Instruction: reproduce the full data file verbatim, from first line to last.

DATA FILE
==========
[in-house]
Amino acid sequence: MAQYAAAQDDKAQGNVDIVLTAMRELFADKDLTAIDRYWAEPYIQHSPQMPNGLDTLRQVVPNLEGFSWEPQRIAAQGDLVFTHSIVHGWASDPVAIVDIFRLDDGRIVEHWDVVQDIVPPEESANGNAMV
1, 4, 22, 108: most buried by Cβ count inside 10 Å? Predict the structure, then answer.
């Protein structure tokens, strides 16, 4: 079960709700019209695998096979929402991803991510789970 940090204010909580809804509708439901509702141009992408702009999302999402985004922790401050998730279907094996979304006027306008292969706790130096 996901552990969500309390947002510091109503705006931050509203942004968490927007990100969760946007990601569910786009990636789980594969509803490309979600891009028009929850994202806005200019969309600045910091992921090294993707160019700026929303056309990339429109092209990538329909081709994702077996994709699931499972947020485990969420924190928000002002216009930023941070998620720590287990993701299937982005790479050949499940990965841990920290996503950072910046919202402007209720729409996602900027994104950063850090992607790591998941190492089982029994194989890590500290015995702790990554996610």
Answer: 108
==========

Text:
[in-house]
Amino acid sequence: MAQYAAAQDDKAQGNVDIVLTAMRELFADKDLTAIDRYWAEPYIQHSPQMPNGLDTLRQVVPNLEGFSWEPQRIAAQGDLVFTHSIVHGWASDPVAIVDIFRLDDGRIVEHWDVVQDIVPPEESANGNAMV
1, 4, 22, 108: most buried by Cβ count inside 10 Å? Predict the structure, then answer.
């Protein structure tokens, strides 16, 4: 079960709700019209695998096979929402991803991510789970 940090204010909580809804509708439901509702141009992408702009999302999402985004922790401050998730279907094996979304006027306008292969706790130096 996901552990969500309390947002510091109503705006931050509203942004968490927007990100969760946007990601569910786009990636789980594969509803490309979600891009028009929850994202806005200019969309600045910091992921090294993707160019700026929303056309990339429109092209990538329909081709994702077996994709699931499972947020485990969420924190928000002002216009930023941070998620720590287990993701299937982005790479050949499940990965841990920290996503950072910046919202402007209720729409996602900027994104950063850090992607790591998941190492089982029994194989890590500290015995702790990554996610």
Answer: 108